# Sunday, July 24, 2011

I’ve been using the MvvmLight Toolkit on a project now for several weeks. At first, the ViewModelLocator pattern the toolkit uses didn’t bother me. But after you wonder why your view can’t be located and then debug everything only to discover that you forgot to create the ViewModel in the ViewModelLocator.

I first thought about switching the ViewModelLocator to inherit from DynamicObject and using MEF to discover the VIewModel’s. A quick search lead me to discover that I’m not the only one to have that same thought Smile

The one thing I didn’t like about using Dynamic and MEF for discovering the ViewModel was the design time experience took a big hit. Locating the ViewModel was now much more expensive at design time.

I started started doing more thinking, and wondered if I could use T4 to generate the ViewModelLocator for me. After more thought, I knew I had to be able to use T4 to generate the ViewModelLocator, heck T4MVC uses it to generate a bunch of helper classes.

Because I’m big on using IoC in my apps, I’ve also added the ability to get the ViewModel from an IoC container if the application isn’t in design mode.

There are two files that are required to make this approach work. ViewModelLocator.tt, and ViewModelLocator.settings.t4. The settings file exists so you can configure the what’s and how’s. If you use the default setup for MvvmLight, the only thing you will have to change is the IoC stuff.

To use the T4 ViewModelLocator, delete your existing ViewModelLocator.cs class in your ViewModel folder, and drop the two T4 files into your ViewModel folder. Once that happens, you will see a new icon show up in the solution explorer called “Transform All Templates.” Click that icon to have your ViewModelLocator automatically generated for you, compile and run Smile

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Download the T4 templates!

Next time, I’ll write a post about using MEF, DynamicObject and other code to dynamically locator your ViewModels to create a composable application (Wait, didn’t I just say there were performance issues? Yes, but sometimes you have to take the hit).

Please post your thoughts on all this, I would be really interested in hearing other perspectives!

.NET | MVVM | MvvmLight | WPF
Sunday, July 24, 2011 6:59:41 PM (Alaskan Daylight Time, UTC-08:00)
# Wednesday, April 27, 2011

I purchased my DS1052E scope several months back. After trying, and failing for days to get the “Ultrascope” software to work under Windows 7 64 bit, I gave up.

My interest was recently renewed in getting the Ultrascope software to work on my computer so i decided to give it another go. This time, I succeeded!

To save others the pain I went through, I’ll document the things I did (well, that i can remember given that I had previous failed attempts). Install the Rigol Ultrascope software.

Second, download the DS1000 Series Windows driver (note, I can’t take credit for these two files, I found them in another forum). Extract these two files, then go find the device in the Device Manager. Update the driver and point it to the directory where you extract the driver files.

Next, download the NI-VISA Run-Time Engine (v5.0.3 as of this writing). Beware, this file weighs in at 71 MB. Install the VISA runtime with the default options (you could probably get away with just installing the USB portion, but I didn’t try it).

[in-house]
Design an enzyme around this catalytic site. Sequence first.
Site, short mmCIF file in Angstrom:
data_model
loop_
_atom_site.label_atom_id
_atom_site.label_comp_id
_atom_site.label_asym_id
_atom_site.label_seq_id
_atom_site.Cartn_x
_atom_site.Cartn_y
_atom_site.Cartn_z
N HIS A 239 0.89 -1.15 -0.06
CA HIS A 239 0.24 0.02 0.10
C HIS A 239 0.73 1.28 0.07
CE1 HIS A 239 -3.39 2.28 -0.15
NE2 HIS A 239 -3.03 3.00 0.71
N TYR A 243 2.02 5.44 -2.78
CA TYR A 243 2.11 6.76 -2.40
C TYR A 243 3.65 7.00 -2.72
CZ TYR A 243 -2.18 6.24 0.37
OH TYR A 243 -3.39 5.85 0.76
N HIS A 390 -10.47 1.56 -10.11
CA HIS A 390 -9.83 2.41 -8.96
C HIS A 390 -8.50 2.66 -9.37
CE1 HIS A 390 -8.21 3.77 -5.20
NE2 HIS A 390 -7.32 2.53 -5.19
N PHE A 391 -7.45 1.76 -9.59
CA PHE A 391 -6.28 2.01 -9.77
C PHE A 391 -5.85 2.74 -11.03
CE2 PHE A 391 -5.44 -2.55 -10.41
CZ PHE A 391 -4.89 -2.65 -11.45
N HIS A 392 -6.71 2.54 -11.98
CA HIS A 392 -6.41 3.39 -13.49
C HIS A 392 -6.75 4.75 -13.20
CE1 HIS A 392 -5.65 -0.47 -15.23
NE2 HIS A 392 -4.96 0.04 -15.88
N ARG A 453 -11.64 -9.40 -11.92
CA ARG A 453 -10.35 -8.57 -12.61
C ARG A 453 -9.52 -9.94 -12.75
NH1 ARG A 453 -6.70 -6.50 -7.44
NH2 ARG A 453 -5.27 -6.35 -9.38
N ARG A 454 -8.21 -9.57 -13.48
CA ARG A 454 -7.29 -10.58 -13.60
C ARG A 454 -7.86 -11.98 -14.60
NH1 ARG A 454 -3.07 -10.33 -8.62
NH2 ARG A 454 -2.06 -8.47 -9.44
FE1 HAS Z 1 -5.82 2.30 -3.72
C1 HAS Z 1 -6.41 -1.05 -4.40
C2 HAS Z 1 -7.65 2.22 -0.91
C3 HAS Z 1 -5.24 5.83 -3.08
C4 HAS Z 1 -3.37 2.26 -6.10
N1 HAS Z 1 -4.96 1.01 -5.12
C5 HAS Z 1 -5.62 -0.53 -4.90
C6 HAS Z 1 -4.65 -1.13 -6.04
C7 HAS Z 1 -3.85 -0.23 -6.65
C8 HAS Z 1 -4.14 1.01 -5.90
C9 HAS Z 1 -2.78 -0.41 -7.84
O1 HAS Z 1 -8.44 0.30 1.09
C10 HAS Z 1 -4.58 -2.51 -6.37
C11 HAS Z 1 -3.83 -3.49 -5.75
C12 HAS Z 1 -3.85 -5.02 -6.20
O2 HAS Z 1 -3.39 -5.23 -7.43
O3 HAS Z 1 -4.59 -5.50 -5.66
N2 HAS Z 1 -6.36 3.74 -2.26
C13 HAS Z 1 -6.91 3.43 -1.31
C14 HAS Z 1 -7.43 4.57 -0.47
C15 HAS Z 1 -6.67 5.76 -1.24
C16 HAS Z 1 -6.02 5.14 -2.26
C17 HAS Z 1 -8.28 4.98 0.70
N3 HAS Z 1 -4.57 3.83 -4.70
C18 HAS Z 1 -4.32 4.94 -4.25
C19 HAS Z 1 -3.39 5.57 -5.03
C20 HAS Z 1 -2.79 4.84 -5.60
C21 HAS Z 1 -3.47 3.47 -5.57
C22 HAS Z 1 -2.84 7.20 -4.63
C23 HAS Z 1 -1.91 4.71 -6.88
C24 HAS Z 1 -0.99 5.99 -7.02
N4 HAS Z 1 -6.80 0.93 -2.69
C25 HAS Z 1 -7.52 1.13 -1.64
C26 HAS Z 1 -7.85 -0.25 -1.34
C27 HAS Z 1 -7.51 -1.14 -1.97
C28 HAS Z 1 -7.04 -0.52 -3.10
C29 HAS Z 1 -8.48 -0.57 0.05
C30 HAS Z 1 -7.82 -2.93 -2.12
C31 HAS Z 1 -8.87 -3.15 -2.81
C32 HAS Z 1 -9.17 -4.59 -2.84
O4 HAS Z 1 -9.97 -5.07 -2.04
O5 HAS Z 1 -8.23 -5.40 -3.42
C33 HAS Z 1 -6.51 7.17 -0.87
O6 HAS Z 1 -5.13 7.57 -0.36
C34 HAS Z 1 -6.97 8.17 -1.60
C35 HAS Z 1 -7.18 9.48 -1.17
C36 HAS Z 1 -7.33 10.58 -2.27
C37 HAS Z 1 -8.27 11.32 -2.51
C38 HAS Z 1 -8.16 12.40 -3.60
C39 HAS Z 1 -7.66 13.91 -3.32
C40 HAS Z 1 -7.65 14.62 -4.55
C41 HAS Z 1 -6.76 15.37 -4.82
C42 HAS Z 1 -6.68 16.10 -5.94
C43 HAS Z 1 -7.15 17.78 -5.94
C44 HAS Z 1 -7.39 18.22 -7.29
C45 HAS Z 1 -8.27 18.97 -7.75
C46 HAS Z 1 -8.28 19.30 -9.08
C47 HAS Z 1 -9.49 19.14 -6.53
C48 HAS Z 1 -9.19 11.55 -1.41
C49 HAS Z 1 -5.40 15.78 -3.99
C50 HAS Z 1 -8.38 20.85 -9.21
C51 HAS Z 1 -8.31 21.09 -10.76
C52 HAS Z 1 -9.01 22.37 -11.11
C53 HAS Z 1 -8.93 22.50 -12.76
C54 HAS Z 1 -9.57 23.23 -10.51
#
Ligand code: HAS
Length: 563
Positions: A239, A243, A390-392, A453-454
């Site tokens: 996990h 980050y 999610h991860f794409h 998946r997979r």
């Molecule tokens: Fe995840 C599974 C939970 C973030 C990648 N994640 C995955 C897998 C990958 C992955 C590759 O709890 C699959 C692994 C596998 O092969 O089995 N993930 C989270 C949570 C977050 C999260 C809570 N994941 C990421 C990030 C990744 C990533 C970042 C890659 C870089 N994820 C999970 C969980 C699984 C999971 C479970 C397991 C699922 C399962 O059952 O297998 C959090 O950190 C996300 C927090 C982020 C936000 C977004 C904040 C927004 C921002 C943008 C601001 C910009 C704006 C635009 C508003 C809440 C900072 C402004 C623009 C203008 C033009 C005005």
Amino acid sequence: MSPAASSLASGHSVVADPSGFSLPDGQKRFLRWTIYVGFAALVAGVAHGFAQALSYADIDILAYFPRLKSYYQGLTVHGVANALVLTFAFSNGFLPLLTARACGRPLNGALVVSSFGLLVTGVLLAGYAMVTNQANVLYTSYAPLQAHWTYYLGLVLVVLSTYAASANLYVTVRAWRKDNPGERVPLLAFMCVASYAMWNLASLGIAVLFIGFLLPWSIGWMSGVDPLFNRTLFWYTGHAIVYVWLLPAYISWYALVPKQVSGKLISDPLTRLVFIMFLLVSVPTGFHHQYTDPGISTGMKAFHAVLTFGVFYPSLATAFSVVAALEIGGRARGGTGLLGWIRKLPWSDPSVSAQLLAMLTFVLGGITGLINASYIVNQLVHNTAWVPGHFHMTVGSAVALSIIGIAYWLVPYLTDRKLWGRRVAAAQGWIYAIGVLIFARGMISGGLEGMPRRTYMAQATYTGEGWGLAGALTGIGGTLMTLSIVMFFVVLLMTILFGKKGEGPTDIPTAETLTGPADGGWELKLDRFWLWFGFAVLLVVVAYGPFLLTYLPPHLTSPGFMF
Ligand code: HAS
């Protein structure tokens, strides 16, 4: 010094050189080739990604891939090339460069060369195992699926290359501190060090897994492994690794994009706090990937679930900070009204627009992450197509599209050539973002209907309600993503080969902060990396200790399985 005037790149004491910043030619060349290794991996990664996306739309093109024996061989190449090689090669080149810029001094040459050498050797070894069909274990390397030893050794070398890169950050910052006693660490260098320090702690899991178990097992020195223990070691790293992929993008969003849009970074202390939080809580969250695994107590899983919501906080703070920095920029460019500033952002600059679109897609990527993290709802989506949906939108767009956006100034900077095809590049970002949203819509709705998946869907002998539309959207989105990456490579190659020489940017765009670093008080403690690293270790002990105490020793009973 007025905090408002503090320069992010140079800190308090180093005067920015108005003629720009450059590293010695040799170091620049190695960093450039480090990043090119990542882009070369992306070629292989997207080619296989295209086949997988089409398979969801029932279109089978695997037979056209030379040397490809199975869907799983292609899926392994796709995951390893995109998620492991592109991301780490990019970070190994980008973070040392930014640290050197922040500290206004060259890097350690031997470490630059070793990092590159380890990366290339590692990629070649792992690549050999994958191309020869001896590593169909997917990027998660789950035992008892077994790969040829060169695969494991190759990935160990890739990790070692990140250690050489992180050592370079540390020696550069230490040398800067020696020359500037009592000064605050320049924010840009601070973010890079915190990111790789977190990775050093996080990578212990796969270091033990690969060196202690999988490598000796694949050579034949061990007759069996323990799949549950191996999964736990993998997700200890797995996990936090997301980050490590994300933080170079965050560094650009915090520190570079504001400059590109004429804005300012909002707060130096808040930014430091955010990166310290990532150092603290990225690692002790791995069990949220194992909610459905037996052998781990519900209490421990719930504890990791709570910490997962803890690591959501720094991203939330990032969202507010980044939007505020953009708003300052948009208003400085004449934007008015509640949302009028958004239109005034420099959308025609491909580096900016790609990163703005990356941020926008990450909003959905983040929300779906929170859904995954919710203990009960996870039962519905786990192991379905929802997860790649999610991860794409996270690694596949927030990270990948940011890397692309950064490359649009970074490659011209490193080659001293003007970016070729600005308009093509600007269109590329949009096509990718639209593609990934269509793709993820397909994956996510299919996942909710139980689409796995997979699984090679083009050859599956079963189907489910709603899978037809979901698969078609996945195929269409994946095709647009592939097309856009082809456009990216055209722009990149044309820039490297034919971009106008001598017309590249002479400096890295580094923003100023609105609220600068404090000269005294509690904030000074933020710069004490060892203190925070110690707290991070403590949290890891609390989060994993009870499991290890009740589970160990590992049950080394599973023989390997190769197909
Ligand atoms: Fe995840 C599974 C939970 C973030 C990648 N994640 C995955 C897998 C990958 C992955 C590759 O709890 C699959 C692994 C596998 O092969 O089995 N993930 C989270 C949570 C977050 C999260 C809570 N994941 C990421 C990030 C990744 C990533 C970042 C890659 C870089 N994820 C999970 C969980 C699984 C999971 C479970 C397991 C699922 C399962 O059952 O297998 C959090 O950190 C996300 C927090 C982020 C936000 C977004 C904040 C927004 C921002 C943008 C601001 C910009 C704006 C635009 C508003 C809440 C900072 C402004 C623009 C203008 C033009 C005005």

When the NI-VISA installer finally finishes, you might be prompted to reboot. I skipped this step :-). Run the Ultrascope software, and click on Tools –> Connect to Oscilloscope. I was prompted with a list of devices, with none of it making much sense, except the first option “USB0…” I choose that option and everything worked!

 

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Wednesday, April 27, 2011 10:54:10 PM (Alaskan Daylight Time, UTC-08:00)
# Monday, March 21, 2011

After I re-read my last post, I realized I kind of cheesed out on the drill bit part, so I figured I would more fully flesh that part out, plus detail the opto-isolated limit switches I purchased.

Drill and Router Bits

For hole drilling, I looked at buying a kit like this one from Drill Bit City, but ultimately decided that I would just get a 10 pack of each of a few different sizes. I ended up getting #71, #70, #66 and #60 drill bits from Drill Bit City.

For milling (cutting out), I got a 10 pack of .0625 down-cut carbide bits, also from Drill Bit City.

For trace isolation, I picked up a 10 pack of 60 degree carbide “V” bits off of eBay.

Limit Switches

The purpose of the limit switch is to keep the controller software from driving any of the axis's to their physical limit and causing damage.

You can certainly run your CNC machine without limit switches, but honestly, if your going to spend a minimum of $1500 on your setup, why not spend a few more dollars (and a few input pins on your break out board) and prevent costly damage to your machine?

When I was doing research on limit switches, I was originally considering using a standard lever actuated micro-switch. But I had some questions and concerns regarding their accuracy. Over time, as a axis slams into the switch, it will deform the lever.

When a microswitch is used on say an arcade button, any imperfection or deformation of the lever will go unnoticed by the user. But in the world of CNC, accuracy and repeatability are everything.

After doing a lot of research, I stumbled upon Colin Mackenzie’s Opto-Isolated Limit Switches. Colin had the same concerns I had regarding using physical limit switches and came up with an opto-isolated switch which can be wired in an “OR” configuration.

While the opto-isolated limit switches are a little bit more expensive than a typical micro-switch (at around $2 - $2.50), at $8.50, I didn’t find the cost difference to be to great.

Next time, I’ll go into the software setup.

CNC | Hobbies
Monday, March 21, 2011 9:22:21 PM (Alaskan Standard Time, UTC-09:00)